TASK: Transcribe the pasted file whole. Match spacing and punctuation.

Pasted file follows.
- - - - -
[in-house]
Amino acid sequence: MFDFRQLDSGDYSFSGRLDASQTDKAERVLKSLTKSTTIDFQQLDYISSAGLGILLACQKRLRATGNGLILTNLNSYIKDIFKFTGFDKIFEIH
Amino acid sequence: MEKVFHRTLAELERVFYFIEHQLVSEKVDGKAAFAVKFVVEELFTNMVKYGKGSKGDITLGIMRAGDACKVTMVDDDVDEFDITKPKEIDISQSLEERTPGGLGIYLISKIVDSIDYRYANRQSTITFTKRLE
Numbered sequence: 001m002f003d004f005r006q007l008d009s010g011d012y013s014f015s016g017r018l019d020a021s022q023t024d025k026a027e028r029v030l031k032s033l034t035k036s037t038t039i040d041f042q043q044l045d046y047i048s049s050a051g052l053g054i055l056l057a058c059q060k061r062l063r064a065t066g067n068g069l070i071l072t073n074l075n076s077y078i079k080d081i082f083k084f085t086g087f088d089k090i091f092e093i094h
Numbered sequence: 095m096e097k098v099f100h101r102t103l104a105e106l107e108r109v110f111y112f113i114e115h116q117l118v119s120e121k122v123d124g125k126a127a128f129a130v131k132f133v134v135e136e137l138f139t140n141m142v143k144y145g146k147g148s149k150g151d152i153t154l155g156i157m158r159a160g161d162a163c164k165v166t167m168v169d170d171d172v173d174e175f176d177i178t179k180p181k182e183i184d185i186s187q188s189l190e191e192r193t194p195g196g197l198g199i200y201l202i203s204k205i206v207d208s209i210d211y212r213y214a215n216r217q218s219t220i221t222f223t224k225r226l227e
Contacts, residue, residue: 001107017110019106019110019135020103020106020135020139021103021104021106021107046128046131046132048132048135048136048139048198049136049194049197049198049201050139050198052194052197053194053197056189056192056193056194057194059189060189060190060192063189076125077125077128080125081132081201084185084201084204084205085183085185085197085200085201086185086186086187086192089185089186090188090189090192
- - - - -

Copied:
[in-house]
Amino acid sequence: MFDFRQLDSGDYSFSGRLDASQTDKAERVLKSLTKSTTIDFQQLDYISSAGLGILLACQKRLRATGNGLILTNLNSYIKDIFKFTGFDKIFEIH
Amino acid sequence: MEKVFHRTLAELERVFYFIEHQLVSEKVDGKAAFAVKFVVEELFTNMVKYGKGSKGDITLGIMRAGDACKVTMVDDDVDEFDITKPKEIDISQSLEERTPGGLGIYLISKIVDSIDYRYANRQSTITFTKRLE
Numbered sequence: 001m002f003d004f005r006q007l008d009s010g011d012y013s014f015s016g017r018l019d020a021s022q023t024d025k026a027e028r029v030l031k032s033l034t035k036s037t038t039i040d041f042q043q044l045d046y047i048s049s050a051g052l053g054i055l056l057a058c059q060k061r062l063r064a065t066g067n068g069l070i071l072t073n074l075n076s077y078i079k080d081i082f083k084f085t086g087f088d089k090i091f092e093i094h
Numbered sequence: 095m096e097k098v099f100h101r102t103l104a105e106l107e108r109v110f111y112f113i114e115h116q117l118v119s120e121k122v123d124g125k126a127a128f129a130v131k132f133v134v135e136e137l138f139t140n141m142v143k144y145g146k147g148s149k150g151d152i153t154l155g156i157m158r159a160g161d162a163c164k165v166t167m168v169d170d171d172v173d174e175f176d177i178t179k180p181k182e183i184d185i186s187q188s189l190e191e192r193t194p195g196g197l198g199i200y201l202i203s204k205i206v207d208s209i210d211y212r213y214a215n216r217q218s219t220i221t222f223t224k225r226l227e
Contacts, residue, residue: 001107017110019106019110019135020103020106020135020139021103021104021106021107046128046131046132048132048135048136048139048198049136049194049197049198049201050139050198052194052197053194053197056189056192056193056194057194059189060189060190060192063189076125077125077128080125081132081201084185084201084204084205085183085185085197085200085201086185086186086187086192089185089186090188090189090192